Event Triggered Execution: .bash_profile and .bashrc

Adversaries may establish persistence by executing malicious content triggered by a user’s shell. ~/.bash_profile and ~/.bashrc are shell scripts that contain shell commands. These files are executed in a user's context when a new shell opens or when a user logs in so that their environment is set correctly.

~/.bash_profile is executed for login shells and ~/.bashrc is executed for interactive non-login shells. This means that when a user logs in (via username and password) to the console (either locally or remotely via something like SSH), the ~/.bash_profile script is executed before the initial command prompt is returned to the user. After that, every time a new shell is opened, the ~/.bashrc script is executed. This allows users more fine-grained control over when they want certain commands executed. These shell scripts are meant to be written to by the local user to configure their own environment.

The macOS Terminal.app is a little different in that it runs a login shell by default each time a new terminal window is opened, thus calling ~/.bash_profile each time instead of ~/.bashrc.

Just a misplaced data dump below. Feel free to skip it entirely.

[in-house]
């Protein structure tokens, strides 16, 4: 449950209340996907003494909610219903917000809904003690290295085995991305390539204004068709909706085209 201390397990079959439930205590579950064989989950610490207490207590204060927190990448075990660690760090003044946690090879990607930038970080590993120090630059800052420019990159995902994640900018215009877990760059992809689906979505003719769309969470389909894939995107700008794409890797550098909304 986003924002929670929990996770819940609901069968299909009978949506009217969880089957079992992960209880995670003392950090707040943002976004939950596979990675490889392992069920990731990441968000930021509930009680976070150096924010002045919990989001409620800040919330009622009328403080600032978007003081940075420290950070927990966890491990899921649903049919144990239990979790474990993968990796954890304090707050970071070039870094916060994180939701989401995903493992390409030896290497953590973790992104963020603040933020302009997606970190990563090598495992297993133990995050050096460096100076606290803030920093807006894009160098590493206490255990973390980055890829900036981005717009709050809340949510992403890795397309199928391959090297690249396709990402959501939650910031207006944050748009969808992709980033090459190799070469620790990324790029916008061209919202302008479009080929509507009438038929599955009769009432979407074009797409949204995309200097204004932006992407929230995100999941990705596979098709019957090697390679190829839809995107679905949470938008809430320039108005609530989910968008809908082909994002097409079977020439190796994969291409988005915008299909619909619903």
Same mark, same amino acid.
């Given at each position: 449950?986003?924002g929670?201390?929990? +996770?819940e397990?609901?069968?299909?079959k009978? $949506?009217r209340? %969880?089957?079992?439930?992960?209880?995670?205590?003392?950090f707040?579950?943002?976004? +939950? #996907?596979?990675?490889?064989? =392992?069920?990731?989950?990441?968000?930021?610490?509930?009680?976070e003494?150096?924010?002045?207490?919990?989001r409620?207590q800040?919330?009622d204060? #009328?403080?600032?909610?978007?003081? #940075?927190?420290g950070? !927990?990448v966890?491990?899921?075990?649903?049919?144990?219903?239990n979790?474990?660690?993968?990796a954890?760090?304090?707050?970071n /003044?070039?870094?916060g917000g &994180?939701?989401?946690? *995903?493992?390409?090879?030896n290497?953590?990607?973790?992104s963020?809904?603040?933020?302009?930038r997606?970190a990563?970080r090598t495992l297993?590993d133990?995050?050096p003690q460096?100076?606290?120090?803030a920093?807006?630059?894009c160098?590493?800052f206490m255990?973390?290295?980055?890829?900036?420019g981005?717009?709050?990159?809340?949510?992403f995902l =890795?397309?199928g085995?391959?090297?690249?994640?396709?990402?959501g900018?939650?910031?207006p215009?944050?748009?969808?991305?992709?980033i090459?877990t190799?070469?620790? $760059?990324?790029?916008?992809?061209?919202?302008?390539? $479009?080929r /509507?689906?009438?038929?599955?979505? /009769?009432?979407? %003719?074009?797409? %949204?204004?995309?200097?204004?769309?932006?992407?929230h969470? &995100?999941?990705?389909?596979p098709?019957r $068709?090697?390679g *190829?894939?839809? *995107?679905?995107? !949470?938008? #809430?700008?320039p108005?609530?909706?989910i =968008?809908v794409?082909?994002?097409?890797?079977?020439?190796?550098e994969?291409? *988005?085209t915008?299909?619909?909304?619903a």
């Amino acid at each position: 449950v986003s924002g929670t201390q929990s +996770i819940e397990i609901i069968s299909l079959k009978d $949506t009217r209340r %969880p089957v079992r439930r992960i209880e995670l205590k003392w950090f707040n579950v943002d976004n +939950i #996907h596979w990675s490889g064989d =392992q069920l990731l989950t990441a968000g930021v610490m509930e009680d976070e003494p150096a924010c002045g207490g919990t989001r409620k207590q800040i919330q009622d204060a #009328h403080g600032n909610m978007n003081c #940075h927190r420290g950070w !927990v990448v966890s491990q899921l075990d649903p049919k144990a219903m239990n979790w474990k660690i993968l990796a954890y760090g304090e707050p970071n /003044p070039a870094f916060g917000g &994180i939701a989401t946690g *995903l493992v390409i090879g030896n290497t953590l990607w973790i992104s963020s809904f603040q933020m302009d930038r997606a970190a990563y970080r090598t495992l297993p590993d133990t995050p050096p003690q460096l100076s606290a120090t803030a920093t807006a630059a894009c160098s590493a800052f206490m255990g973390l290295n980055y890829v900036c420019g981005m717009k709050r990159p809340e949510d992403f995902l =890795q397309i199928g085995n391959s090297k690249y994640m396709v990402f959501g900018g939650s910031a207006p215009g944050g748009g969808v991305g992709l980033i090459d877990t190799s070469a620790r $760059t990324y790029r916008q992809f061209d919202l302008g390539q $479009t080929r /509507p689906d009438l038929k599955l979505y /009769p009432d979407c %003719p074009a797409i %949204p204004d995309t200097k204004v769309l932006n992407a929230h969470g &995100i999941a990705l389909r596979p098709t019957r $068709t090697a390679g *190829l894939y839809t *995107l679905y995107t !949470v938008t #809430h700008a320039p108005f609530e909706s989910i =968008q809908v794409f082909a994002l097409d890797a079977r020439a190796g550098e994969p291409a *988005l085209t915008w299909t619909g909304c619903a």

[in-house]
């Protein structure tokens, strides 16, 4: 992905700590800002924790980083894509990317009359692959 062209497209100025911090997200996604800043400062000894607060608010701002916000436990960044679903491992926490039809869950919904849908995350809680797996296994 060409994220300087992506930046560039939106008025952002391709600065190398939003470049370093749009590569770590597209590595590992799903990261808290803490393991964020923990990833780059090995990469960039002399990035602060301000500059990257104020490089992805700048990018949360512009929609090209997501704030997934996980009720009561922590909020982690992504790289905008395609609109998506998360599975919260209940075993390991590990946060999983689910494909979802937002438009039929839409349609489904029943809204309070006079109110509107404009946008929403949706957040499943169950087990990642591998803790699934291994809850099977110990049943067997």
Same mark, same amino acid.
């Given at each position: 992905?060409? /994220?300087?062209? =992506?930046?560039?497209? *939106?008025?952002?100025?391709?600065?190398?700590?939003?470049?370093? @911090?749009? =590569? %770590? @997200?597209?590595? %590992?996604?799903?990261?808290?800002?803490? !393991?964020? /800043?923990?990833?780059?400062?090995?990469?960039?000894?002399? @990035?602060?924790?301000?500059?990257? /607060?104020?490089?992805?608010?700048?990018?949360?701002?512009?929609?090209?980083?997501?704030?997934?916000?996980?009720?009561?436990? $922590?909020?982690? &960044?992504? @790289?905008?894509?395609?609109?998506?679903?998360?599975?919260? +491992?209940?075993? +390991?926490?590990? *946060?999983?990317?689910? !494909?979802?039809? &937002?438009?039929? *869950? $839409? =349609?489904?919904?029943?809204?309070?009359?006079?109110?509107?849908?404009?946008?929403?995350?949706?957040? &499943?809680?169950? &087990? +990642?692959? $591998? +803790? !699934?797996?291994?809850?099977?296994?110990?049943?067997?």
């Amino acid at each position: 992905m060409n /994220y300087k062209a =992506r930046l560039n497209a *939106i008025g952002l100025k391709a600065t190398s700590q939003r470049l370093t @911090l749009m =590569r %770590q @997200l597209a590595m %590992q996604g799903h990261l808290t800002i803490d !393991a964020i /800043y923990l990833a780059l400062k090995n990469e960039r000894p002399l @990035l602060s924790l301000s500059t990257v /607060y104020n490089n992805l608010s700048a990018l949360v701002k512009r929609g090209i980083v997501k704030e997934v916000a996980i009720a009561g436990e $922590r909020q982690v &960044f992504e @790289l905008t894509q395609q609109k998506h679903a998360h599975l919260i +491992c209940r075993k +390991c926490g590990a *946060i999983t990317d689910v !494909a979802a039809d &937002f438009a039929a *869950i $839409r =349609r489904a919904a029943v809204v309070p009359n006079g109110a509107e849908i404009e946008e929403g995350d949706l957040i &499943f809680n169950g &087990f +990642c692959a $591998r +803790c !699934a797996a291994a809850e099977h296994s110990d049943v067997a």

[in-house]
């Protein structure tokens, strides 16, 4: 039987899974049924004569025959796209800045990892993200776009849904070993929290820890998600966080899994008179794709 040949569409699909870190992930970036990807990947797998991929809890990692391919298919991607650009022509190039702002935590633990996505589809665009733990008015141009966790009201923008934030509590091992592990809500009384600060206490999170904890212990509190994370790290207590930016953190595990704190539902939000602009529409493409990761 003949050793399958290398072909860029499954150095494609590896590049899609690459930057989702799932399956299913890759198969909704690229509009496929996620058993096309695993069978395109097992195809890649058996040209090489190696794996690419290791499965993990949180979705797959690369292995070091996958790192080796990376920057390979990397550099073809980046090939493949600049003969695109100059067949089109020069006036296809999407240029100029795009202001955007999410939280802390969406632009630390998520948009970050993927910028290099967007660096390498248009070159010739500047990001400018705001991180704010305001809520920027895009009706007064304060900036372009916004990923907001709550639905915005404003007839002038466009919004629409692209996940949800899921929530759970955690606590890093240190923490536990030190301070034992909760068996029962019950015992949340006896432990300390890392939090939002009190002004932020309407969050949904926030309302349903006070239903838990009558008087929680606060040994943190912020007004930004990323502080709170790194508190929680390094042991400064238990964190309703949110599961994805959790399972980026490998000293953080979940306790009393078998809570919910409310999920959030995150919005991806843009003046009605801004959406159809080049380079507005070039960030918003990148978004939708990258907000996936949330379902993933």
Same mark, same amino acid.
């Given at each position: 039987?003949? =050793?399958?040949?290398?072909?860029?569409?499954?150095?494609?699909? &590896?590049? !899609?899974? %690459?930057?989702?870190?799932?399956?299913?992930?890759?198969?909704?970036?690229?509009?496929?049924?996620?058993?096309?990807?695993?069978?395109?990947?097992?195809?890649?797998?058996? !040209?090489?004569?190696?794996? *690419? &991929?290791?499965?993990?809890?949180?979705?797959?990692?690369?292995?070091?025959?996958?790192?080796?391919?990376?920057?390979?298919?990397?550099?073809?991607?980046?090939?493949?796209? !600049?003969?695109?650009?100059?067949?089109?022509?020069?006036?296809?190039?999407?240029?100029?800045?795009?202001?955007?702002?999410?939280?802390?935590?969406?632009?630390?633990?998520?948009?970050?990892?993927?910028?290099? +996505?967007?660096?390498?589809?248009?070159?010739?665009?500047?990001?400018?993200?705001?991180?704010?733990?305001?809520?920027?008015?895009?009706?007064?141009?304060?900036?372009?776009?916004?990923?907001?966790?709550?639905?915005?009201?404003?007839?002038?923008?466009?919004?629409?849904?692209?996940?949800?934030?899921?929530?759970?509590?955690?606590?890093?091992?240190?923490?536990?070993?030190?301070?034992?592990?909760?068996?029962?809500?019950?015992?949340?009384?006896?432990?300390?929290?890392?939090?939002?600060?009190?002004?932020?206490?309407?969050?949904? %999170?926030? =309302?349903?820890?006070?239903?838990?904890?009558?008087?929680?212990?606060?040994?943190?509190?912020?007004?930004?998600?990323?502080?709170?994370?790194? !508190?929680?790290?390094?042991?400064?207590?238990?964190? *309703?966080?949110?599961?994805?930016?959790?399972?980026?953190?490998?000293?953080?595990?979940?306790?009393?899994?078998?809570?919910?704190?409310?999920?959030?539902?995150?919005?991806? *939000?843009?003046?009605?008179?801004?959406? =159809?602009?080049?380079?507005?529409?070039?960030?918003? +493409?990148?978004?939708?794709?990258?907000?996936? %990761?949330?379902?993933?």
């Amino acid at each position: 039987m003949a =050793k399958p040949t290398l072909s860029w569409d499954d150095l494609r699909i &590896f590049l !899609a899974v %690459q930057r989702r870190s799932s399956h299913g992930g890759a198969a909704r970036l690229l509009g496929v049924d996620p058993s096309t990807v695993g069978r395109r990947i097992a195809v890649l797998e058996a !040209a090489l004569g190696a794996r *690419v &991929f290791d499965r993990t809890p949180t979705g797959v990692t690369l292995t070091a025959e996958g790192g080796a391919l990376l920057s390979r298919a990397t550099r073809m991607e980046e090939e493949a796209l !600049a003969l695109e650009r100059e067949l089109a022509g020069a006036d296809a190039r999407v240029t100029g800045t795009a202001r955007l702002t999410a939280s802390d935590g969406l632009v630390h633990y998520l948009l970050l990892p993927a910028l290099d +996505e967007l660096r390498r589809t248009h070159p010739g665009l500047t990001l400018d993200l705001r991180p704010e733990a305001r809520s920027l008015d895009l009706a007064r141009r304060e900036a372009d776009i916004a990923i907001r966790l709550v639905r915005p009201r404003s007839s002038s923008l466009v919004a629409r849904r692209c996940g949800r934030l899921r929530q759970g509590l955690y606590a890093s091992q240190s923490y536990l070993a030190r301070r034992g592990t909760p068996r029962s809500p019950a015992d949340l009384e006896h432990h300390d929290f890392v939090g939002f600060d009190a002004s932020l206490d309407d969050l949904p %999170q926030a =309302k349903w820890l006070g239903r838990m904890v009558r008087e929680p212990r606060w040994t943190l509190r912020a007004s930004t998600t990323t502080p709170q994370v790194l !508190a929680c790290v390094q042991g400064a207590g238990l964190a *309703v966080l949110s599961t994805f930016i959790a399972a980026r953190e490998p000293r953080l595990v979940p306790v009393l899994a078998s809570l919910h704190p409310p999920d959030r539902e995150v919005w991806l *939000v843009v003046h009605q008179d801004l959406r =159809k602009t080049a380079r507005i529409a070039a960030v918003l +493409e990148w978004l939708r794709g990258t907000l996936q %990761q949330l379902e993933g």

Adversaries may abuse these shell scripts by inserting arbitrary shell commands that may be used to execute other binaries to gain persistence. Every time the user logs in or opens a new shell, the modified ~/.bash_profile and/or ~/.bashrc scripts will be executed.[1]

ID: T1546.004
Sub-technique of:  T1546
Tactics: Privilege Escalation, Persistence
Platforms: Linux, macOS
Permissions Required: Administrator, User
Data Sources: File monitoring, Process command-line parameters, Process monitoring, Process use of network
Version: 1.0
Created: 24 January 2020
Last Modified: 24 March 2020

Procedure Examples

Name Description

HiddenWasp installs reboot persistence by adding itself to /etc/rc.local.[3]

Linux Rabbit

Linux Rabbit maintains persistence on an infected machine through rc.local and .bashrc files. [2]


Mitigation Description
Restrict File and Directory Permissions

Making these files immutable and only changeable by certain administrators will limit the ability for adversaries to easily create user level persistence.


While users may customize their ~/.bashrc and ~/.bash_profile files , there are only certain types of commands that typically appear in these files. Monitor for abnormal commands such as execution of unknown programs, opening network sockets, or reaching out across the network when user profiles are loaded during the login process.